What I love about Robinson is that he’s so well-rounded and there’s a lot to work with. He has a great blend of athleticism and length. He plays well in numerous coverages, whether it be man or zone, press or off, etc. He’s physical in both coverage and run support. Robinson’s best attribute though is his tremendous ball skills. Robinson is someone who has starter potential in a year or two if he can improve on his technique, which is his main weakness right now. He needs a coach to refine his game so he can best put his physical skills to use. Having Robinson on the roster would provide more competition for Maddox and Jones while also being a possible long-term investment for when Slay’s time is finished.

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Round 4, Pick 39 (145th Overall)
Keith Ismael, IOL, San Diego State
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Interior offensive line, specifically center, is a bigger need than some are making it out to be. We all know just how important Jason Kelce is to this offense. His elite football intelligence, competitive toughness, and athleticism have made him one of the best centers in the NFL, if not the best. With him getting up there in age and reports about him contemplating retirement it’s important to find his successor. I pondered going with Nick Harris a couple picks prior, but his lack of OG versatility wasn’t ideal. So that brought me to Ismael.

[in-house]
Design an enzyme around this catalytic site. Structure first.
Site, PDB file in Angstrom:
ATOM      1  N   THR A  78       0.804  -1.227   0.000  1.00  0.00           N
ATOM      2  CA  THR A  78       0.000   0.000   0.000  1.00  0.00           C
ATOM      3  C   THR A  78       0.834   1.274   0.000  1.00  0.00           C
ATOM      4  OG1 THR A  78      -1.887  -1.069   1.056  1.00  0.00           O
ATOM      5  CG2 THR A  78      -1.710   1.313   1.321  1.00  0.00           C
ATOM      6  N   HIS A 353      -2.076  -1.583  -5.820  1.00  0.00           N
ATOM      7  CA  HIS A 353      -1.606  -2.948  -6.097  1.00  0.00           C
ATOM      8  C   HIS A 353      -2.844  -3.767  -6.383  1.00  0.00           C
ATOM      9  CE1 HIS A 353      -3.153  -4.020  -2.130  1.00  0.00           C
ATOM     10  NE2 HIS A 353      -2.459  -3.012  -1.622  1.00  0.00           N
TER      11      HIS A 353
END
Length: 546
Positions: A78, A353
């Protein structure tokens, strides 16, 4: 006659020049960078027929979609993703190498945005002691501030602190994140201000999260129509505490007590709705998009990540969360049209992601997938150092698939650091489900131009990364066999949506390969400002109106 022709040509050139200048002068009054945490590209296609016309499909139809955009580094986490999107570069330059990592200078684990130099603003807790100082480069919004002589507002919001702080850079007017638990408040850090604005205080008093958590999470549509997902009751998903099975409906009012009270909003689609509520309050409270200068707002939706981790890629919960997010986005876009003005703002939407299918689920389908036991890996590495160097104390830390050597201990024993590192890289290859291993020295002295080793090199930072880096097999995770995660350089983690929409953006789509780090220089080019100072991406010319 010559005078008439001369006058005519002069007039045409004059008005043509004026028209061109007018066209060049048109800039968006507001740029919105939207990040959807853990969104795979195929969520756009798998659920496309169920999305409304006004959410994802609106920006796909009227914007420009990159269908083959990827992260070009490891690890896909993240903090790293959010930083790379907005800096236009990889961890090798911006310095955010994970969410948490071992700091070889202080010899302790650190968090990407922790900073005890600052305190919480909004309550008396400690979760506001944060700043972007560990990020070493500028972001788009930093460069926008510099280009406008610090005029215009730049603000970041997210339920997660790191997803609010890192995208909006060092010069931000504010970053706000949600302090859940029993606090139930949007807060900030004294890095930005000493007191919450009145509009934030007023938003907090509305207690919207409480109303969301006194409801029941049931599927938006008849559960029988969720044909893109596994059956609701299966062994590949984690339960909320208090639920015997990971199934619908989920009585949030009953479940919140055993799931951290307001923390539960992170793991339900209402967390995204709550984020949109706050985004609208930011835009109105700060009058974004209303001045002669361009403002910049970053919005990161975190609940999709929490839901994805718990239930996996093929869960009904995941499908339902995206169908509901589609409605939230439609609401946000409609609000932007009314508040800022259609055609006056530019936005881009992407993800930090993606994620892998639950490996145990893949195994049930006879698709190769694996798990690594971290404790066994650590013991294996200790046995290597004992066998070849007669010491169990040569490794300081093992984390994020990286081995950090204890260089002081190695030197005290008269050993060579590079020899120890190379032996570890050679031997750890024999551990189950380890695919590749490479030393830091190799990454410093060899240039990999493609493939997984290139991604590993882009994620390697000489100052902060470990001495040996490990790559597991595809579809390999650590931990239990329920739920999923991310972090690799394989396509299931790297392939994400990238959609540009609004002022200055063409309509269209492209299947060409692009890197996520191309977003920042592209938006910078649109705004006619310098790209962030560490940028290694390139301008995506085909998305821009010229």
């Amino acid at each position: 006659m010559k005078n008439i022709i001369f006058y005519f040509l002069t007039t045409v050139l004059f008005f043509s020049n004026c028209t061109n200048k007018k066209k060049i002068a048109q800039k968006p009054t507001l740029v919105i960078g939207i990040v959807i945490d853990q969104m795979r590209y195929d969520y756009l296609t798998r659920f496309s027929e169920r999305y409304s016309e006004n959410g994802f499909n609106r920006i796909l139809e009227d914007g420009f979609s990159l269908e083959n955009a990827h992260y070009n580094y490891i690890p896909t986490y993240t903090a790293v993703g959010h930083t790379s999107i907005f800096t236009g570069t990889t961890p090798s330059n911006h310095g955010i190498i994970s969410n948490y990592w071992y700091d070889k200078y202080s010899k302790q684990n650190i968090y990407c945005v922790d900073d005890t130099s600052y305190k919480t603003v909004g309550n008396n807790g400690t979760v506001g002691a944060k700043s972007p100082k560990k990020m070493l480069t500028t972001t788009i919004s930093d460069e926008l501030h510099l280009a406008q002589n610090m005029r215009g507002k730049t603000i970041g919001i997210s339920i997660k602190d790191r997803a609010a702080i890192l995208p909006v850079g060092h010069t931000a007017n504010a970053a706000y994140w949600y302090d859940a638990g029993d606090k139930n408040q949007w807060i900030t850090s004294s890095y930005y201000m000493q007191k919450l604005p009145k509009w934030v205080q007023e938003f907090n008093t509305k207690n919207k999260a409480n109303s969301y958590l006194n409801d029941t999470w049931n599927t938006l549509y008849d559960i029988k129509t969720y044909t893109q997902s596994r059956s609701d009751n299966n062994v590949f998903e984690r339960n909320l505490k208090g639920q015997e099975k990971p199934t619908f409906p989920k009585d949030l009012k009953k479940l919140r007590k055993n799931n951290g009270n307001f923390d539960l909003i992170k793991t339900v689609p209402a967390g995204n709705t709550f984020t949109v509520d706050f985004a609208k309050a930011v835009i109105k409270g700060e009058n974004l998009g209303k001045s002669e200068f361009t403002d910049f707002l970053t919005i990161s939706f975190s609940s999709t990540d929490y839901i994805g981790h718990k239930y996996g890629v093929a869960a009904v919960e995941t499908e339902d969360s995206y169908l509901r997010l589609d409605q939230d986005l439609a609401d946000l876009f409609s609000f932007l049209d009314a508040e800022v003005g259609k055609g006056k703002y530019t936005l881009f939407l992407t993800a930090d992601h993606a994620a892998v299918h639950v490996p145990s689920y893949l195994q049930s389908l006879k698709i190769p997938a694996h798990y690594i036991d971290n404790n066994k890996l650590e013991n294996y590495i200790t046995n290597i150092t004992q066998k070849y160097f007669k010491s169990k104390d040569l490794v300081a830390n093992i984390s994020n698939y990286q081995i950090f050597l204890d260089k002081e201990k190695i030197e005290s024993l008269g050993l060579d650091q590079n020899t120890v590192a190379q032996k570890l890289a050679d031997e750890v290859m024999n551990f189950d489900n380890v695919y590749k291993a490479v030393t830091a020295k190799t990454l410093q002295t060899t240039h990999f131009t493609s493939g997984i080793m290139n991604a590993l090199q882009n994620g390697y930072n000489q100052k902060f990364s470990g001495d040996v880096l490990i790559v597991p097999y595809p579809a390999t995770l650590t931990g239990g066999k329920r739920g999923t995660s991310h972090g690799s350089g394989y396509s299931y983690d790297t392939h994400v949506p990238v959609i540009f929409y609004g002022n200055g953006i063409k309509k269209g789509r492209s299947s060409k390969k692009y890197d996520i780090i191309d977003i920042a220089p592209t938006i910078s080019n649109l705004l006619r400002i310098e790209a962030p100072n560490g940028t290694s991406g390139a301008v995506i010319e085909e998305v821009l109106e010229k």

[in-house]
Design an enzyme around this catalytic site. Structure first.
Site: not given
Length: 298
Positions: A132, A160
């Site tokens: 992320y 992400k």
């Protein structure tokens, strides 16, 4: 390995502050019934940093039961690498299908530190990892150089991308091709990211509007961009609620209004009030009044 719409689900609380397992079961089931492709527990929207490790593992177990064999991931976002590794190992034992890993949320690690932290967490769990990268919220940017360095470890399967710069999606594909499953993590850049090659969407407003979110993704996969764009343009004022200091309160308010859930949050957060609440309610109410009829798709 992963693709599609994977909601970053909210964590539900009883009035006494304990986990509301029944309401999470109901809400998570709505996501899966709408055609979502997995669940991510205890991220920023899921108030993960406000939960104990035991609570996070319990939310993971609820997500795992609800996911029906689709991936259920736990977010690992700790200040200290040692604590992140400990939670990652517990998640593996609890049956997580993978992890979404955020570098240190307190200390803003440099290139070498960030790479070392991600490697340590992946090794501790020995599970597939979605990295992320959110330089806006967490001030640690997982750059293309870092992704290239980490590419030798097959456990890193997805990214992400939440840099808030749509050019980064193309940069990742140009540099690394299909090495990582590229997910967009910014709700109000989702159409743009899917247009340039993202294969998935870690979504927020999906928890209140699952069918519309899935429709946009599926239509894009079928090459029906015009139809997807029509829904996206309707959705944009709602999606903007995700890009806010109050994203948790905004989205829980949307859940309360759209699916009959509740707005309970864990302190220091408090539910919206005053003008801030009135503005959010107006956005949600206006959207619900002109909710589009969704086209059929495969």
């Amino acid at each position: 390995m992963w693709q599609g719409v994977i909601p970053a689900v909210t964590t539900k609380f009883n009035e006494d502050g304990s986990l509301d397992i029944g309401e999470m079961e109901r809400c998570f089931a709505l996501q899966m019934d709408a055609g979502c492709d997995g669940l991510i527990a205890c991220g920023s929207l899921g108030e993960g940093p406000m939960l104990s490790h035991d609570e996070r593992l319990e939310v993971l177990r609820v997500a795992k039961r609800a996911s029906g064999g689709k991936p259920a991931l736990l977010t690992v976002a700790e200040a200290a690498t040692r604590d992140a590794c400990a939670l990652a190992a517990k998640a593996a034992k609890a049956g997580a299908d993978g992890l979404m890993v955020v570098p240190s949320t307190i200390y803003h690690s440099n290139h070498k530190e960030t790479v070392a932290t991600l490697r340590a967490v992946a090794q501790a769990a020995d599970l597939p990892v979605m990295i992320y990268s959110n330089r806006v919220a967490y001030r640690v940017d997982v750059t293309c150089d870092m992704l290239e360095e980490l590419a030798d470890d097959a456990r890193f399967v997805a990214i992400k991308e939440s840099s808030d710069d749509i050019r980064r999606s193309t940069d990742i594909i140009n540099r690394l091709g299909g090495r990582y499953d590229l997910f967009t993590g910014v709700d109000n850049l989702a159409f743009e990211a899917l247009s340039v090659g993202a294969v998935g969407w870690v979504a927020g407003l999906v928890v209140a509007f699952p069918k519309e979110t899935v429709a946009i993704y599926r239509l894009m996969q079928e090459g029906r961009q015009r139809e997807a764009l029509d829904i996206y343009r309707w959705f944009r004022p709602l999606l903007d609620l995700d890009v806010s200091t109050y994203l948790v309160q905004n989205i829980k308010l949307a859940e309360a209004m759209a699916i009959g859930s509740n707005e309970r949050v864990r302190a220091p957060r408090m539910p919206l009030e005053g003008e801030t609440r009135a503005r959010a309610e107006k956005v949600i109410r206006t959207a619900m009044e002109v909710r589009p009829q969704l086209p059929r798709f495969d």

Ismael is very quick off the snap. He doesn’t have the best anchor and will have trouble one-on-one with powerful defensive linemen, but he plays with good leverage and his recovery skills help offset his deficiencies. Ismael’s overall athleticism and mobility are good, and he can be relied on when pulling and working into the second level. He plays with a tenacious motor and is always looking for work. His mental processing and overall football IQ are excellent. You can trust him with pre- and post-snap keys as he is always aware of what the defense is presenting. Ismael isn’t necessarily a high-upside prospect, but he has traits that make him a good backup option right now with solid starter potential down the line at any of the 3 interior positions.

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Round 4, Pick 40 (146th Overall)
Davion Taylor, LB, Colorado